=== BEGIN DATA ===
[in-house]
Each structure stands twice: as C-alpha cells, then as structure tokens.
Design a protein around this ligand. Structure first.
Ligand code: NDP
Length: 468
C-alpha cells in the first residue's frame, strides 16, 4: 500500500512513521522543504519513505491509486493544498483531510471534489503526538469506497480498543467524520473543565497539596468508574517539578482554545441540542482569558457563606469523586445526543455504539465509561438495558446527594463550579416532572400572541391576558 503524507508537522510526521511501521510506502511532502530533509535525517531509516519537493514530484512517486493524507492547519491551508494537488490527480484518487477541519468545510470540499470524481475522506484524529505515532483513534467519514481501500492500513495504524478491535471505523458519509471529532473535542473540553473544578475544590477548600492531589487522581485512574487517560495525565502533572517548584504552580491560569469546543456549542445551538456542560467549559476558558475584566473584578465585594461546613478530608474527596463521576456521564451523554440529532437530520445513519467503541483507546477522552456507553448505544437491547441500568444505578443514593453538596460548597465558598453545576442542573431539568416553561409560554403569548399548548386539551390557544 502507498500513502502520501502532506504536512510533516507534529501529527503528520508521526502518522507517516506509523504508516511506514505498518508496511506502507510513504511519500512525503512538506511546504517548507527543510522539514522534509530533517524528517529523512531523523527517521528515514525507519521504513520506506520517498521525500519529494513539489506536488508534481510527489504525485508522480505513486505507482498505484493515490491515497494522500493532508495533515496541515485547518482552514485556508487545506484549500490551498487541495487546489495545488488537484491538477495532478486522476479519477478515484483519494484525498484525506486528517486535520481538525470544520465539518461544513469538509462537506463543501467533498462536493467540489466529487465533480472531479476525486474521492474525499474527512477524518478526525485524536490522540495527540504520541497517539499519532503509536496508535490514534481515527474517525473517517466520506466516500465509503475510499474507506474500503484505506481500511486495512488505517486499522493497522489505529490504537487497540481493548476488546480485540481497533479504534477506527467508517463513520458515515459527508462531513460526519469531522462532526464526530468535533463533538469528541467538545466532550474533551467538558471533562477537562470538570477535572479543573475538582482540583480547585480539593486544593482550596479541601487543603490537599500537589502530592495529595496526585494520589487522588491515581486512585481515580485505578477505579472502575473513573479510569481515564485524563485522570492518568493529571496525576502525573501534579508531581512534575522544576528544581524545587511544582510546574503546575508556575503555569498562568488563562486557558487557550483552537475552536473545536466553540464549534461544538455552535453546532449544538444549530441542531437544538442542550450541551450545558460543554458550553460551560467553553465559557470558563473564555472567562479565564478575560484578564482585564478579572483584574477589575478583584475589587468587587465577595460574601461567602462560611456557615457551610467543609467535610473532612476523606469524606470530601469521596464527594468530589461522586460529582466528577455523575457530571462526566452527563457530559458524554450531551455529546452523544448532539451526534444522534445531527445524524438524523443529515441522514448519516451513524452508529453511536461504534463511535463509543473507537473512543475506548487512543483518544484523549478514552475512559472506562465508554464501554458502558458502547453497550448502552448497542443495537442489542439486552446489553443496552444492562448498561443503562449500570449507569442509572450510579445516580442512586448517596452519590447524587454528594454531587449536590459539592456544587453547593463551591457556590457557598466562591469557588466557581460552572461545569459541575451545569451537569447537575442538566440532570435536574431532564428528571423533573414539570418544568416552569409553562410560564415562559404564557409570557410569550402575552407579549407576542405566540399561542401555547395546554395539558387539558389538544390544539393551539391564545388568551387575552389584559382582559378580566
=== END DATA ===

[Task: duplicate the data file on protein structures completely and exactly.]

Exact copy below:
[in-house]
Each structure stands twice: as C-alpha cells, then as structure tokens.
Design a protein around this ligand. Structure first.
Ligand code: NDP
Length: 468
C-alpha cells in the first residue's frame, strides 16, 4: 500500500512513521522543504519513505491509486493544498483531510471534489503526538469506497480498543467524520473543565497539596468508574517539578482554545441540542482569558457563606469523586445526543455504539465509561438495558446527594463550579416532572400572541391576558 503524507508537522510526521511501521510506502511532502530533509535525517531509516519537493514530484512517486493524507492547519491551508494537488490527480484518487477541519468545510470540499470524481475522506484524529505515532483513534467519514481501500492500513495504524478491535471505523458519509471529532473535542473540553473544578475544590477548600492531589487522581485512574487517560495525565502533572517548584504552580491560569469546543456549542445551538456542560467549559476558558475584566473584578465585594461546613478530608474527596463521576456521564451523554440529532437530520445513519467503541483507546477522552456507553448505544437491547441500568444505578443514593453538596460548597465558598453545576442542573431539568416553561409560554403569548399548548386539551390557544 502507498500513502502520501502532506504536512510533516507534529501529527503528520508521526502518522507517516506509523504508516511506514505498518508496511506502507510513504511519500512525503512538506511546504517548507527543510522539514522534509530533517524528517529523512531523523527517521528515514525507519521504513520506506520517498521525500519529494513539489506536488508534481510527489504525485508522480505513486505507482498505484493515490491515497494522500493532508495533515496541515485547518482552514485556508487545506484549500490551498487541495487546489495545488488537484491538477495532478486522476479519477478515484483519494484525498484525506486528517486535520481538525470544520465539518461544513469538509462537506463543501467533498462536493467540489466529487465533480472531479476525486474521492474525499474527512477524518478526525485524536490522540495527540504520541497517539499519532503509536496508535490514534481515527474517525473517517466520506466516500465509503475510499474507506474500503484505506481500511486495512488505517486499522493497522489505529490504537487497540481493548476488546480485540481497533479504534477506527467508517463513520458515515459527508462531513460526519469531522462532526464526530468535533463533538469528541467538545466532550474533551467538558471533562477537562470538570477535572479543573475538582482540583480547585480539593486544593482550596479541601487543603490537599500537589502530592495529595496526585494520589487522588491515581486512585481515580485505578477505579472502575473513573479510569481515564485524563485522570492518568493529571496525576502525573501534579508531581512534575522544576528544581524545587511544582510546574503546575508556575503555569498562568488563562486557558487557550483552537475552536473545536466553540464549534461544538455552535453546532449544538444549530441542531437544538442542550450541551450545558460543554458550553460551560467553553465559557470558563473564555472567562479565564478575560484578564482585564478579572483584574477589575478583584475589587468587587465577595460574601461567602462560611456557615457551610467543609467535610473532612476523606469524606470530601469521596464527594468530589461522586460529582466528577455523575457530571462526566452527563457530559458524554450531551455529546452523544448532539451526534444522534445531527445524524438524523443529515441522514448519516451513524452508529453511536461504534463511535463509543473507537473512543475506548487512543483518544484523549478514552475512559472506562465508554464501554458502558458502547453497550448502552448497542443495537442489542439486552446489553443496552444492562448498561443503562449500570449507569442509572450510579445516580442512586448517596452519590447524587454528594454531587449536590459539592456544587453547593463551591457556590457557598466562591469557588466557581460552572461545569459541575451545569451537569447537575442538566440532570435536574431532564428528571423533573414539570418544568416552569409553562410560564415562559404564557409570557410569550402575552407579549407576542405566540399561542401555547395546554395539558387539558389538544390544539393551539391564545388568551387575552389584559382582559378580566